Here is the link to American Liver Foundation that Dr. H. quoted for more reliable information. http://www.liverfoundation.org/education/info/hepatitisc/
I understand exactly what you are saying. I always like the ones that test positive HIV and say, I only received a bj, and then really question them and their story seems to change. Like you say, only a test will tell and all the excuses in the world won't get you out of it.
You know my stance on the subject. Its not impossible for Hep C to be transmitted sexually, but it is very rare.
And you'd think my husband was a damn Boy Scout, Teak. I wish I had a tape recording of his pious denial of ever having used IV drugs or skin popping them, . He's one of the "rare" sexual transmissions.
I'm only surprised he wasn't appointed as the last Pope. Guess being married kept him out of the running.
You NEVER know what people have done or tried even once in their lives. I've seen pregnant women positive for methampethamines on their drug tests, and they could win an academy award when you tell them they tested dirty. They never admit it. Never. They cry, express their outrage, insist the test was wrong...anything but admit drug use, past or present.
Everyone should get the HepB vaccines. It remains a serious cause of morbidity and mortality, and is indeed spread sexually, amongst other ways. It is important to be vaccinated against this very serious disease.
(We had one doctor bluntly tell my husband he was full of it with his sex story. I thought he would kill the doc right there with his bare hands--he jumped up, overturned chairs, the whole nine yards. He threatened to sue the doctor, even went so far as to contact an attorney, while I was practically dying with laughter the whole time.)
Post that information that you just stated. "There's never been a documented case of Hepatits C acquired sexually and you won't be the first."
Now don't be stupid. You were given the same studies to view and the ongoing studies about oral sex. I backed myself up with scientific data now you back up what you've stated. You won't, because you can't. You're just upset because you got called on your information or shall I say lack of information that you gave.
But the fact remains, there has never been a documented case with Hep C, Dr. H. says it right there in plain English. It's your job to fetch info on documented transmission, you're the one that insists that it happens. How can I find proof of something that never happened???
About oral sex - you know that the Spanish study is not the only one that was done. There were others done in the US and they did not come up with zeros, for sure. You just keep quoting that one because those are the results you want to believe.
Objective: To investigate reported cases of oral HIV transmission in a cohort of persons with primary HIV infection. Methods: From 6/96 - 6/99 we enrolled 122 persons with primary HIV defined as within 12 months of documented HIV seroconversion or history compatible with primary HIV infection confirmed by less sensitive EIA test. Risk behaviors for the period during which infection occurred were elicited with self-administered and interviewer administered questionnaire. Potential oral sex transmission cases were reviewed following an investigation protocol of a follow-up interview by an epidemiologist, review of clinical notes and partner corroboration where possible. Results: There were 20 (16.4%) cases where the route of acquistion appeared to be oral sex on initial evaluation. Of these 20 cases, 3 provided insufficient additional information for classification. Of the remaining 17, 9 (53%) were subsequently reclassified as not associated with oral transmission due to other potential route of exposure. Two reclassified patients reported never engaging in anal sex but each reported a single episode of substance use associated with a blackout and risk could not be reliably recalled. Four patients reported a single incident of unprotected anal receptive anal intercourse and 1 reported a condom break during the period HIV was acquired. After follow-up investigation, 8 cases (6.6%) were classified as likely oral sex transmission. Each of the men believed oral sex represented no or minimal risk. Conclusion: Oral sex transmission may be over-reported. However, even with strigent criteria for classification, oral risk transmission represented 6.6% of infections in our study of primary HIV. Despite lower transmission risk, oral sex may be an important mode of HIV transmission due to its frequency. This finding has substantial prevention implications. Standardized investigation of HIV transmission via oral sex is needed to understand the epidemiology and risk of this behavior.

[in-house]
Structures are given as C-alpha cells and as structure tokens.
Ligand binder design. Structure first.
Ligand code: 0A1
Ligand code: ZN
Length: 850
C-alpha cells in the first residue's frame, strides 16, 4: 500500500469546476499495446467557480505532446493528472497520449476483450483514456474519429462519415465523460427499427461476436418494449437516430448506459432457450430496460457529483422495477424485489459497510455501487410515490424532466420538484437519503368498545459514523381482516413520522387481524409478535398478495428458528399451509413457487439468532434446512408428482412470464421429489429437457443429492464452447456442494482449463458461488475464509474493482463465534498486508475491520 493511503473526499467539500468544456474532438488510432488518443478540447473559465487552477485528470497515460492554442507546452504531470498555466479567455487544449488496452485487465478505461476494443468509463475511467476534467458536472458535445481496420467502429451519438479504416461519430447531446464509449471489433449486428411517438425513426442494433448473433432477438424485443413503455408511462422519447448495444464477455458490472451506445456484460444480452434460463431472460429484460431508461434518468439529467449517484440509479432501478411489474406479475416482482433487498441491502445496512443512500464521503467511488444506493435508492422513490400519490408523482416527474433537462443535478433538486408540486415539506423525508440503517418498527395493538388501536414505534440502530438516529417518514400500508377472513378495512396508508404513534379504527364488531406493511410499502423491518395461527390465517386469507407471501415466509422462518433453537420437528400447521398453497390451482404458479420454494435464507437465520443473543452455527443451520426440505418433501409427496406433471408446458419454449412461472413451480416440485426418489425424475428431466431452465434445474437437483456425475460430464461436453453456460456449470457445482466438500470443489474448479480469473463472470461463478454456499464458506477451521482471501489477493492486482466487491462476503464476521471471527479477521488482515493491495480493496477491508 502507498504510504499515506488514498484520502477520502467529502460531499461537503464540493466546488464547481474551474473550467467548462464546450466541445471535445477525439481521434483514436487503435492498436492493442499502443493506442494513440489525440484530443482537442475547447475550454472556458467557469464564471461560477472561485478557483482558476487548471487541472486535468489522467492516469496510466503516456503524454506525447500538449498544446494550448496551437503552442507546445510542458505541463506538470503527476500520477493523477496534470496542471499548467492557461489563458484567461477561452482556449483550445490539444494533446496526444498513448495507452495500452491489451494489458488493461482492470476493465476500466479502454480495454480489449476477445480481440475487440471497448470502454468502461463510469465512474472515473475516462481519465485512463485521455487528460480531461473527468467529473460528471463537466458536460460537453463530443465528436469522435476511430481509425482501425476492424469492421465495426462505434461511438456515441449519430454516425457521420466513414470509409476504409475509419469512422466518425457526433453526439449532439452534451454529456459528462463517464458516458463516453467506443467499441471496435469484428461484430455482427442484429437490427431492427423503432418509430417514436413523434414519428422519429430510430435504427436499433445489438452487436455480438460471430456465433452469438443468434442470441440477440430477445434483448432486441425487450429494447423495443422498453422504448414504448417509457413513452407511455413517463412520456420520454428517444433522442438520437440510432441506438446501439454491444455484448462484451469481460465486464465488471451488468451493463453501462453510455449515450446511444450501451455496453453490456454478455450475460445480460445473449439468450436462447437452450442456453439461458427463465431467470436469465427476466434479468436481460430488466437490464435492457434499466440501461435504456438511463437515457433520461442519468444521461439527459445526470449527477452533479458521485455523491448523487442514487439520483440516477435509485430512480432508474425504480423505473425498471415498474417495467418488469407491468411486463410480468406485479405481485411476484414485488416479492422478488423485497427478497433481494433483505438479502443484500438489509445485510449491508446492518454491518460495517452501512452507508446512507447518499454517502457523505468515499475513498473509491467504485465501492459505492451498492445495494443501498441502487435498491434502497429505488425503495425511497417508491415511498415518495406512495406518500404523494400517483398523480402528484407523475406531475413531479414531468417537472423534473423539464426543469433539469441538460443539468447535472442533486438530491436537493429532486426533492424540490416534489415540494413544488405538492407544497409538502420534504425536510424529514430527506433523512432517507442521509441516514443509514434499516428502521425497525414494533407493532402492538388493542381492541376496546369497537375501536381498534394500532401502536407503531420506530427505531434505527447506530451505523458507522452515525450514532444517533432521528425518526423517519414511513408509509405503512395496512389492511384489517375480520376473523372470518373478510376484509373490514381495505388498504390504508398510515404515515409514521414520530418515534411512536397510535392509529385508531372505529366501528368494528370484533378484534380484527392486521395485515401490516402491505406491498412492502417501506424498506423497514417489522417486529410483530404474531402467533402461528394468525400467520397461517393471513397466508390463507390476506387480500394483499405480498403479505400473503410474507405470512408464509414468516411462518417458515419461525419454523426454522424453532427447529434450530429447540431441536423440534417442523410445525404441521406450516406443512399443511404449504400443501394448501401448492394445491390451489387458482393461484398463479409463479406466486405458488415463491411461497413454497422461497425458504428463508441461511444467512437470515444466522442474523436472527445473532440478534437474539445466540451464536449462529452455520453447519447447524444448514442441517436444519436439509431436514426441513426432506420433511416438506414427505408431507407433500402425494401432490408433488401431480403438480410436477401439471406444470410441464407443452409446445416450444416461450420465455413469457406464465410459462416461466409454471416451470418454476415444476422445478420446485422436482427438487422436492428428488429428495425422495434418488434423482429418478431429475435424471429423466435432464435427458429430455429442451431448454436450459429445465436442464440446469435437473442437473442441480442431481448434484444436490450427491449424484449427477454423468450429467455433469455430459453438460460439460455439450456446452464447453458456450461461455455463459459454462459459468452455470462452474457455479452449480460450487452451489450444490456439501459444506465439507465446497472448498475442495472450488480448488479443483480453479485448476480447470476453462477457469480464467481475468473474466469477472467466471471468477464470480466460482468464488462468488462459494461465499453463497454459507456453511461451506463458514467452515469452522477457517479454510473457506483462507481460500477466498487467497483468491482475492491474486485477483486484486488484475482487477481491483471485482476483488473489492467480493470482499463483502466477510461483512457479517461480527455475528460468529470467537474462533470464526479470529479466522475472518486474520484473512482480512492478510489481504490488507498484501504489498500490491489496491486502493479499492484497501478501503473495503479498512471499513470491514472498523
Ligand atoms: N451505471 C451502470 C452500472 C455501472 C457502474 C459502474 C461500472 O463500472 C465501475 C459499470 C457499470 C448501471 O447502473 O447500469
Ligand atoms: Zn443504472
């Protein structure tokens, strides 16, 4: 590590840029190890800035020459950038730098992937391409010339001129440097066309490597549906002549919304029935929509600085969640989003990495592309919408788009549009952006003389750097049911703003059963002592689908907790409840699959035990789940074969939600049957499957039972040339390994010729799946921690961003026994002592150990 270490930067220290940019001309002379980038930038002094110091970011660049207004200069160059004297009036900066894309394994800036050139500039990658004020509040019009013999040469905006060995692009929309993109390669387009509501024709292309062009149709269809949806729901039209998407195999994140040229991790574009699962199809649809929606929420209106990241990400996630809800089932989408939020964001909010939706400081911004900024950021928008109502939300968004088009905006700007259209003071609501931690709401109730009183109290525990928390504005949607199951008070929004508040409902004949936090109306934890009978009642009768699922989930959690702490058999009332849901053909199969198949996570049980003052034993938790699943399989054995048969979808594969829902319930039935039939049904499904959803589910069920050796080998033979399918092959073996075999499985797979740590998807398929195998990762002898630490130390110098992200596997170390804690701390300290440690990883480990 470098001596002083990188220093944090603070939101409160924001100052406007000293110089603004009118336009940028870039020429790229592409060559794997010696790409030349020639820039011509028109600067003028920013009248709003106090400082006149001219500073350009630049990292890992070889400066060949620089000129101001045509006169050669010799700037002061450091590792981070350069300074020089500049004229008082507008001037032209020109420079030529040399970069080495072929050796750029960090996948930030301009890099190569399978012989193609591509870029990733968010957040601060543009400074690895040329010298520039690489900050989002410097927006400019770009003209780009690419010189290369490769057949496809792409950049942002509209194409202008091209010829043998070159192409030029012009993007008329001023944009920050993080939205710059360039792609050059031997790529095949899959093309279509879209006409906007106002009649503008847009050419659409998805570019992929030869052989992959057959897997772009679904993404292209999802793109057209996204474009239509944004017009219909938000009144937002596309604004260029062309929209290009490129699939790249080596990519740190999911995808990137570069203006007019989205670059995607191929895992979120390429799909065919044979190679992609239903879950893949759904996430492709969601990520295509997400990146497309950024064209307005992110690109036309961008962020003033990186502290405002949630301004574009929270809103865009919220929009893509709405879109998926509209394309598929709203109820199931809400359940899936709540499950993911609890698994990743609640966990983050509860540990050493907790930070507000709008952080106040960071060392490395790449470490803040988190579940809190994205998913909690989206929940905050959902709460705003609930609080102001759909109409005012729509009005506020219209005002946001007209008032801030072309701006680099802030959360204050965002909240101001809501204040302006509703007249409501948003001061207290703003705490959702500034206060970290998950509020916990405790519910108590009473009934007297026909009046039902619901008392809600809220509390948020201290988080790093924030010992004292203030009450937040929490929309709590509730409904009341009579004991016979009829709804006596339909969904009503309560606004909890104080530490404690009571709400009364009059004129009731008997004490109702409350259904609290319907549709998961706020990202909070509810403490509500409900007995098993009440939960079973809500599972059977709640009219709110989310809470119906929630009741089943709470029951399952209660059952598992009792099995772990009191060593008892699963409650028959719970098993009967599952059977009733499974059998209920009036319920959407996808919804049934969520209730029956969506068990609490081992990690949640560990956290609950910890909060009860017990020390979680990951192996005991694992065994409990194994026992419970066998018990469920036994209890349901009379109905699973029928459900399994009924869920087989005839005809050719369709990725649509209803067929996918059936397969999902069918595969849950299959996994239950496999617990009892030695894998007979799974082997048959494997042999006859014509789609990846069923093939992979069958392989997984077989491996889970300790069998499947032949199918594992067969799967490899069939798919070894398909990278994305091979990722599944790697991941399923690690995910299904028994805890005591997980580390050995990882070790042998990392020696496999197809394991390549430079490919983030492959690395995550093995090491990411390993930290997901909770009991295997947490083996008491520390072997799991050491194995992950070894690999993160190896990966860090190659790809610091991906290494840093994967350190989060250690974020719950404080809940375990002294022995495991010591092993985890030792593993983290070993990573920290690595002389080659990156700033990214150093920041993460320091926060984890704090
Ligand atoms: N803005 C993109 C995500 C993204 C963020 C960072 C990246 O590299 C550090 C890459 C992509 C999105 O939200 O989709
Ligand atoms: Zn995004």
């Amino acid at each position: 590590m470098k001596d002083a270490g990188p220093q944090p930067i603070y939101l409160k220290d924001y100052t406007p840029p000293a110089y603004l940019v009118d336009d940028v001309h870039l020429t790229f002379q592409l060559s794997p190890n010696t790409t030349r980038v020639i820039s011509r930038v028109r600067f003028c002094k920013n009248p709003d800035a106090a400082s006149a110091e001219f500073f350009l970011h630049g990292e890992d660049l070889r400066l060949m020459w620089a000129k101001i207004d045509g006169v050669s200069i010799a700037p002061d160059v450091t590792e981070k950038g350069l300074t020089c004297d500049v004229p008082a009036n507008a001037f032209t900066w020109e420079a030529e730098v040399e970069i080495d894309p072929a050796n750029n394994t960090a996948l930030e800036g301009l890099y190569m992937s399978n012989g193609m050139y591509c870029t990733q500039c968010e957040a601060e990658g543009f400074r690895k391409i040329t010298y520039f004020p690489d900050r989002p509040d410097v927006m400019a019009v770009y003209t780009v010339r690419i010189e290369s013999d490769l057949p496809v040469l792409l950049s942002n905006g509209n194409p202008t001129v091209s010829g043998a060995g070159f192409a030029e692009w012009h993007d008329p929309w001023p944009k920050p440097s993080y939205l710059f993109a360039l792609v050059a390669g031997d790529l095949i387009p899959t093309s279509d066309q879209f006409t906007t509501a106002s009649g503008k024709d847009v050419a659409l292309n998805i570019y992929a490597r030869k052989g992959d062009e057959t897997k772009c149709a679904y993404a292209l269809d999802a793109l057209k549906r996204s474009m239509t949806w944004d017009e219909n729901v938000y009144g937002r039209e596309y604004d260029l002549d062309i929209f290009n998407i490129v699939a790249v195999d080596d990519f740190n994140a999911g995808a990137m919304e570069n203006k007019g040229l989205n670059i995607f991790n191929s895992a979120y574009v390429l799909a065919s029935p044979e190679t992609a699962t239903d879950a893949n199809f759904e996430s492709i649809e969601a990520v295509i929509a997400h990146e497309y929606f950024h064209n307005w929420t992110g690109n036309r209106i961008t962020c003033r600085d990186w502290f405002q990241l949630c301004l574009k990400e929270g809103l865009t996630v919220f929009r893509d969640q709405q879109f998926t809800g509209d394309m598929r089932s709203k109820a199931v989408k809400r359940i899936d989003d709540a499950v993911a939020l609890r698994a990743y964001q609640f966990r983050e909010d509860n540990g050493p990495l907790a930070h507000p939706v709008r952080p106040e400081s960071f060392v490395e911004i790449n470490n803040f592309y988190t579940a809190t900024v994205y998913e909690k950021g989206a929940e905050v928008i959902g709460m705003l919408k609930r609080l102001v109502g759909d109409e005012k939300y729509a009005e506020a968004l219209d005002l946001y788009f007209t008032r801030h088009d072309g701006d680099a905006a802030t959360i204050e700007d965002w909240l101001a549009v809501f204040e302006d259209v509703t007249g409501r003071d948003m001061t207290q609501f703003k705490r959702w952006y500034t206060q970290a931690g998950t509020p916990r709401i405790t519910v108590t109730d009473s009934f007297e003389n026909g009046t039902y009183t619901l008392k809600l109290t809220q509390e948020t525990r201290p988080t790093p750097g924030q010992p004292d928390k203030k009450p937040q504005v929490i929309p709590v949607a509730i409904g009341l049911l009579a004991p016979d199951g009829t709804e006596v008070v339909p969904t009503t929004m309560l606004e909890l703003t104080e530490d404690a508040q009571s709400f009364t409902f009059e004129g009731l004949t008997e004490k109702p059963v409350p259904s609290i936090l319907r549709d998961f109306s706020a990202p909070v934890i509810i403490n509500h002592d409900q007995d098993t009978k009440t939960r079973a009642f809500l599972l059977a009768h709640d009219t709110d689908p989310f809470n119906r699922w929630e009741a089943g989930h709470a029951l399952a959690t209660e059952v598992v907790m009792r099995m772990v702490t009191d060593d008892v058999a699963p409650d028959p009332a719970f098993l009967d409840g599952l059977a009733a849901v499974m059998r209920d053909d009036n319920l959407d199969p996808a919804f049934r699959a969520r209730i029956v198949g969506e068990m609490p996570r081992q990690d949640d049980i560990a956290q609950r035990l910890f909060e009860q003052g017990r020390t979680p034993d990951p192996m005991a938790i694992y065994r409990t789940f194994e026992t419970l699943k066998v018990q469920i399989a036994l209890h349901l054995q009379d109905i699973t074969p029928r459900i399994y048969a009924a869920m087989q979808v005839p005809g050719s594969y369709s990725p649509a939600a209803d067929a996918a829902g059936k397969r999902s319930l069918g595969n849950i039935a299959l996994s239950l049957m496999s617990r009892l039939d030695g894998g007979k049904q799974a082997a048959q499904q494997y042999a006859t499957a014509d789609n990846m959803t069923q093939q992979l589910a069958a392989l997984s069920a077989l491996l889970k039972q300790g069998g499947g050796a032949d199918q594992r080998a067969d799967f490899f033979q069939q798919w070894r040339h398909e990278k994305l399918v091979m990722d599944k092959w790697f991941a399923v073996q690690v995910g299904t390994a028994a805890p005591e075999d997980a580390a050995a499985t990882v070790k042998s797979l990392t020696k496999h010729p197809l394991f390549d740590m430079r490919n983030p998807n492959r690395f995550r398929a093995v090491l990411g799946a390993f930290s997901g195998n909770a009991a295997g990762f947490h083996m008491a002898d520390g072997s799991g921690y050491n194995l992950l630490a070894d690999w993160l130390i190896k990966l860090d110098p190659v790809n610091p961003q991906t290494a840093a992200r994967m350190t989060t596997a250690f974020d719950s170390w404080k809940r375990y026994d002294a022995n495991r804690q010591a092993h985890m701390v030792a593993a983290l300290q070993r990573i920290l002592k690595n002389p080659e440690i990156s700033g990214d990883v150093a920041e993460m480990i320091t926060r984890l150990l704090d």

There you go. Now don't say it's never been documented and as Dr. H stated, You'll probably get more reliable information than I can provide from CDC (www.cdc.gov, then search for hepatitis) and from the American Liver Foundation.
San Francisco City Clinic-City Clinic is a specialty clinic which has been providing diagnosis and treatment of sexually transmitted diseases (STDs) to the San Francisco community since 1933